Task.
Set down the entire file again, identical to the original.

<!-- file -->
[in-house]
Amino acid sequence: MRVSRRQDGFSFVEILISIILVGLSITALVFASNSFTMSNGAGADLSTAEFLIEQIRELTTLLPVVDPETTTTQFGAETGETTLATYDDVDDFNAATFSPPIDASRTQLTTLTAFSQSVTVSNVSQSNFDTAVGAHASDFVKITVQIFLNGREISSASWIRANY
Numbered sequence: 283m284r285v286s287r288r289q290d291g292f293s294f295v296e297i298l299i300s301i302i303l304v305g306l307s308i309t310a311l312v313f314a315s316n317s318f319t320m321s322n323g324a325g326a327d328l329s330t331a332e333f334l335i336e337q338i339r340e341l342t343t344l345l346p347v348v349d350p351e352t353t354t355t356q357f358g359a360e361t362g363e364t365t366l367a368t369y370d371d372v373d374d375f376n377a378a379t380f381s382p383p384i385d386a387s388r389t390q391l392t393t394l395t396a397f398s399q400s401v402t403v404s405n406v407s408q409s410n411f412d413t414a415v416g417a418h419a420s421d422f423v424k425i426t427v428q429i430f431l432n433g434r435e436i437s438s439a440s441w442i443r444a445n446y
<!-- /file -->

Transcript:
[in-house]
Amino acid sequence: MRVSRRQDGFSFVEILISIILVGLSITALVFASNSFTMSNGAGADLSTAEFLIEQIRELTTLLPVVDPETTTTQFGAETGETTLATYDDVDDFNAATFSPPIDASRTQLTTLTAFSQSVTVSNVSQSNFDTAVGAHASDFVKITVQIFLNGREISSASWIRANY
Numbered sequence: 283m284r285v286s287r288r289q290d291g292f293s294f295v296e297i298l299i300s301i302i303l304v305g306l307s308i309t310a311l312v313f314a315s316n317s318f319t320m321s322n323g324a325g326a327d328l329s330t331a332e333f334l335i336e337q338i339r340e341l342t343t344l345l346p347v348v349d350p351e352t353t354t355t356q357f358g359a360e361t362g363e364t365t366l367a368t369y370d371d372v373d374d375f376n377a378a379t380f381s382p383p384i385d386a387s388r389t390q391l392t393t394l395t396a397f398s399q400s401v402t403v404s405n406v407s408q409s410n411f412d413t414a415v416g417a418h419a420s421d422f423v424k425i426t427v428q429i430f431l432n433g434r435e436i437s438s439a440s441w442i443r444a445n446y